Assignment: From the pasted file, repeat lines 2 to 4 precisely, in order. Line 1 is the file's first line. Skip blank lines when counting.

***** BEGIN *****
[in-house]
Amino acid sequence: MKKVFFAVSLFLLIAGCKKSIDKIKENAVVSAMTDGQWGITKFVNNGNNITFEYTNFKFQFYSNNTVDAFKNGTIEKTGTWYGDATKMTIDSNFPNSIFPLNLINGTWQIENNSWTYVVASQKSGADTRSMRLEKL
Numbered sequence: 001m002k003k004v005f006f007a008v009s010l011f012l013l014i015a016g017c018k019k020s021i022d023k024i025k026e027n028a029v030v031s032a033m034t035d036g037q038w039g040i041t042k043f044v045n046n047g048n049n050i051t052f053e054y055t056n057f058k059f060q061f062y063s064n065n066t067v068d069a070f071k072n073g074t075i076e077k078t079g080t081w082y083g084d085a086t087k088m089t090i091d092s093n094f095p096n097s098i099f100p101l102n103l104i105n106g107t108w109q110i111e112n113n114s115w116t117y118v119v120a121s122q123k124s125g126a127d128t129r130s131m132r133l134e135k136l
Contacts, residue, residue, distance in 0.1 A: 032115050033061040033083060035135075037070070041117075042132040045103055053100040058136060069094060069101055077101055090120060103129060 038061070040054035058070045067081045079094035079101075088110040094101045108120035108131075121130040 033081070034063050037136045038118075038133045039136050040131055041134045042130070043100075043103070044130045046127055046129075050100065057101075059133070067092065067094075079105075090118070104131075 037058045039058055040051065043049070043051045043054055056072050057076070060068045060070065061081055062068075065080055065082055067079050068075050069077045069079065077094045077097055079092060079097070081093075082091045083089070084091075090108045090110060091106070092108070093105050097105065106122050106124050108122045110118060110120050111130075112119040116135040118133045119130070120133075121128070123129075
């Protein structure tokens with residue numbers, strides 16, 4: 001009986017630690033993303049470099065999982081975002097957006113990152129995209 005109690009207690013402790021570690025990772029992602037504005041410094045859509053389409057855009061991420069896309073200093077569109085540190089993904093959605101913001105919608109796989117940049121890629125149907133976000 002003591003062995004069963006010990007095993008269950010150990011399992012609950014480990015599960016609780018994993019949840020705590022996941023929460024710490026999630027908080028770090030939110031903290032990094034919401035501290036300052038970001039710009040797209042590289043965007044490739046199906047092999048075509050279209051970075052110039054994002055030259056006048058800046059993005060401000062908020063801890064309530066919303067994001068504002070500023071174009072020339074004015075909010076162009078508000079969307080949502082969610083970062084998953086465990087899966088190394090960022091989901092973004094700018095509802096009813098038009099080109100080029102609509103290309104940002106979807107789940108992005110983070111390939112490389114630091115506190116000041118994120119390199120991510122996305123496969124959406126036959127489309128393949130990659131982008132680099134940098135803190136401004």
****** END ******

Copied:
Amino acid sequence: MKKVFFAVSLFLLIAGCKKSIDKIKENAVVSAMTDGQWGITKFVNNGNNITFEYTNFKFQFYSNNTVDAFKNGTIEKTGTWYGDATKMTIDSNFPNSIFPLNLINGTWQIENNSWTYVVASQKSGADTRSMRLEKL
Numbered sequence: 001m002k003k004v005f006f007a008v009s010l011f012l013l014i015a016g017c018k019k020s021i022d023k024i025k026e027n028a029v030v031s032a033m034t035d036g037q038w039g040i041t042k043f044v045n046n047g048n049n050i051t052f053e054y055t056n057f058k059f060q061f062y063s064n065n066t067v068d069a070f071k072n073g074t075i076e077k078t079g080t081w082y083g084d085a086t087k088m089t090i091d092s093n094f095p096n097s098i099f100p101l102n103l104i105n106g107t108w109q110i111e112n113n114s115w116t117y118v119v120a121s122q123k124s125g126a127d128t129r130s131m132r133l134e135k136l
Contacts, residue, residue, distance in 0.1 A: 032115050033061040033083060035135075037070070041117075042132040045103055053100040058136060069094060069101055077101055090120060103129060 038061070040054035058070045067081045079094035079101075088110040094101045108120035108131075121130040 033081070034063050037136045038118075038133045039136050040131055041134045042130070043100075043103070044130045046127055046129075050100065057101075059133070067092065067094075079105075090118070104131075 037058045039058055040051065043049070043051045043054055056072050057076070060068045060070065061081055062068075065080055065082055067079050068075050069077045069079065077094045077097055079092060079097070081093075082091045083089070084091075090108045090110060091106070092108070093105050097105065106122050106124050108122045110118060110120050111130075112119040116135040118133045119130070120133075121128070123129075